- formation temperature measurements using a core barrel memory tool;
- a suite of wireline logs, typically including two basic tool strings: (1) triple combo (gamma ray attenuation, bulk density, neutron porosity, electrical resistivity, magnetic susceptibility, and natural gamma radiation); (2) FMS-sonic (micro-resistivity imaging; sonic data). The triple combo may be configured differently, potentially into two strings, depending on expedition requirements. Furthermore, vertical seismic profiles (check shots) are sometimes acquired using an additional tool string containing a geophone.
Formation temperature and wireline logs (and in special cases, Logging While Drilling logs) are acquired by the JRSO staff and Schlumberger logging engineer, respectively. The shipboard tasks of the PP specialists consist of assisting with data acquisition if required, and to interpret and present the data for the Expedition reports. All PP specialists participate in the integration of core and downhole data, and if available, the seismic survey data. This may include construction of synthetic seismic profiles. For detailed information on shipboard downhole measurements capabilities see http://iodp.tamu.edu/tools/logging/index.html.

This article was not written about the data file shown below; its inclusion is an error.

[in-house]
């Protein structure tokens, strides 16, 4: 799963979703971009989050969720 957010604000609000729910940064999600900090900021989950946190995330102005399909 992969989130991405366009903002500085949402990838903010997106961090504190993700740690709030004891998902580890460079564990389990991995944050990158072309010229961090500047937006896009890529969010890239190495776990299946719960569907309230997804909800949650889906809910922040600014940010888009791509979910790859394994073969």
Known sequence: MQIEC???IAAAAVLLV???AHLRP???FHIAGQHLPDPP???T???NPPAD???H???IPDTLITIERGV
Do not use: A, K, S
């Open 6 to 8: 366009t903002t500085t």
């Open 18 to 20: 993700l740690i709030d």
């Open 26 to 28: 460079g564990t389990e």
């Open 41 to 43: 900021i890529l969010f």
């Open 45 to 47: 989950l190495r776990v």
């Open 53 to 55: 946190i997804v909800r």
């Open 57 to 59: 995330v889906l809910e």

Geophysics, Core-Log-Seismic Integration
Depending the expedition objectives, scientists can also be tasked with other roles that may involve petrophysics. These may include scientists that focus solely on linking the core/log to precruise seismic data (Core-Log-Seismic Integration) or other geophysical experiments (Geophysics).
The primary responsibility of organic geochemists is to monitor cores for hydrocarbon content. They advise the Operations Superintendent and scientific party when hydrocarbon levels in cores may constitute a potential safety or pollution hazard. They also provide data concerning organic matter characterization, elemental composition of organic matter, and carbonate carbon content.